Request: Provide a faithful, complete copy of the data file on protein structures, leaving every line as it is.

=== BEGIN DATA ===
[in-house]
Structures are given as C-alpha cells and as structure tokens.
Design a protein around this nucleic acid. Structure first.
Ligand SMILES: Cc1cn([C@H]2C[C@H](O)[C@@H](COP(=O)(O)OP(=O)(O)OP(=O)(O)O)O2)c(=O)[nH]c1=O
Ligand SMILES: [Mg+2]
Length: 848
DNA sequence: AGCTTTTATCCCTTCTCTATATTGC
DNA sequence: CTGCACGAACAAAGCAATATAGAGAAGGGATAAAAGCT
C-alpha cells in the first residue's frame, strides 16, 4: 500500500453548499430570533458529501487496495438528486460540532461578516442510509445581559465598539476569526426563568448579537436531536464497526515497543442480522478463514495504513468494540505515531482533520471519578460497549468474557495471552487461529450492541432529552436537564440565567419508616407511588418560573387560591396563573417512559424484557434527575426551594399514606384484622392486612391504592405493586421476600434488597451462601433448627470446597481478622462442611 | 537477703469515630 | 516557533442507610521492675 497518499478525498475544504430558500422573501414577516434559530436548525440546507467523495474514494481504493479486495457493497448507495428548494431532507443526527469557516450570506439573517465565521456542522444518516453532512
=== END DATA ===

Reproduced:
[in-house]
Structures are given as C-alpha cells and as structure tokens.
Design a protein around this nucleic acid. Structure first.
Ligand SMILES: Cc1cn([C@H]2C[C@H](O)[C@@H](COP(=O)(O)OP(=O)(O)OP(=O)(O)O)O2)c(=O)[nH]c1=O
Ligand SMILES: [Mg+2]
Length: 848
DNA sequence: AGCTTTTATCCCTTCTCTATATTGC
DNA sequence: CTGCACGAACAAAGCAATATAGAGAAGGGATAAAAGCT
C-alpha cells in the first residue's frame, strides 16, 4: 500500500453548499430570533458529501487496495438528486460540532461578516442510509445581559465598539476569526426563568448579537436531536464497526515497543442480522478463514495504513468494540505515531482533520471519578460497549468474557495471552487461529450492541432529552436537564440565567419508616407511588418560573387560591396563573417512559424484557434527575426551594399514606384484622392486612391504592405493586421476600434488597451462601433448627470446597481478622462442611 | 537477703469515630 | 516557533442507610521492675 497518499478525498475544504430558500422573501414577516434559530436548525440546507467523495474514494481504493479486495457493497448507495428548494431532507443526527469557516450570506439573517465565521456542522444518516453532512